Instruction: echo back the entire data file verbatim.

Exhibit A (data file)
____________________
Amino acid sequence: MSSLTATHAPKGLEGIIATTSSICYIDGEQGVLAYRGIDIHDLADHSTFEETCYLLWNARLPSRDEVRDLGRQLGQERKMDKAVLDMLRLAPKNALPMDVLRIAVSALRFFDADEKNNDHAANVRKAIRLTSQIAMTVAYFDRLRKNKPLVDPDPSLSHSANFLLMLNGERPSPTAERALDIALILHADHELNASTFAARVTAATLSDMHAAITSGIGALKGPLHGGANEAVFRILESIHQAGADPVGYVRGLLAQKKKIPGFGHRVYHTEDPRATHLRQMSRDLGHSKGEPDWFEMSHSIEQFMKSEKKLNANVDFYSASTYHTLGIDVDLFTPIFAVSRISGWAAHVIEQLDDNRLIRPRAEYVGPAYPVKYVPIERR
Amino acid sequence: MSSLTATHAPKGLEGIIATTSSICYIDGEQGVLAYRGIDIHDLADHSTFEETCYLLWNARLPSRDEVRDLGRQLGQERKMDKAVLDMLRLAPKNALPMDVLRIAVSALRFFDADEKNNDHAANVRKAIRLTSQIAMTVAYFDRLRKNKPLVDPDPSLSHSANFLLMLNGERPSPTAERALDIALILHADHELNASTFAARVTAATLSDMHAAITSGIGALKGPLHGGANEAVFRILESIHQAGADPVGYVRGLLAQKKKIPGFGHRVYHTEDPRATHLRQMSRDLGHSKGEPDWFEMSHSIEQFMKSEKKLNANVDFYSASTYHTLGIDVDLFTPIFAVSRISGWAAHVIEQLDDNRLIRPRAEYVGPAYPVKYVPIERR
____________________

Amino acid sequence: MSSLTATHAPKGLEGIIATTSSICYIDGEQGVLAYRGIDIHDLADHSTFEETCYLLWNARLPSRDEVRDLGRQLGQERKMDKAVLDMLRLAPKNALPMDVLRIAVSALRFFDADEKNNDHAANVRKAIRLTSQIAMTVAYFDRLRKNKPLVDPDPSLSHSANFLLMLNGERPSPTAERALDIALILHADHELNASTFAARVTAATLSDMHAAITSGIGALKGPLHGGANEAVFRILESIHQAGADPVGYVRGLLAQKKKIPGFGHRVYHTEDPRATHLRQMSRDLGHSKGEPDWFEMSHSIEQFMKSEKKLNANVDFYSASTYHTLGIDVDLFTPIFAVSRISGWAAHVIEQLDDNRLIRPRAEYVGPAYPVKYVPIERR
Amino acid sequence: MSSLTATHAPKGLEGIIATTSSICYIDGEQGVLAYRGIDIHDLADHSTFEETCYLLWNARLPSRDEVRDLGRQLGQERKMDKAVLDMLRLAPKNALPMDVLRIAVSALRFFDADEKNNDHAANVRKAIRLTSQIAMTVAYFDRLRKNKPLVDPDPSLSHSANFLLMLNGERPSPTAERALDIALILHADHELNASTFAARVTAATLSDMHAAITSGIGALKGPLHGGANEAVFRILESIHQAGADPVGYVRGLLAQKKKIPGFGHRVYHTEDPRATHLRQMSRDLGHSKGEPDWFEMSHSIEQFMKSEKKLNANVDFYSASTYHTLGIDVDLFTPIFAVSRISGWAAHVIEQLDDNRLIRPRAEYVGPAYPVKYVPIERR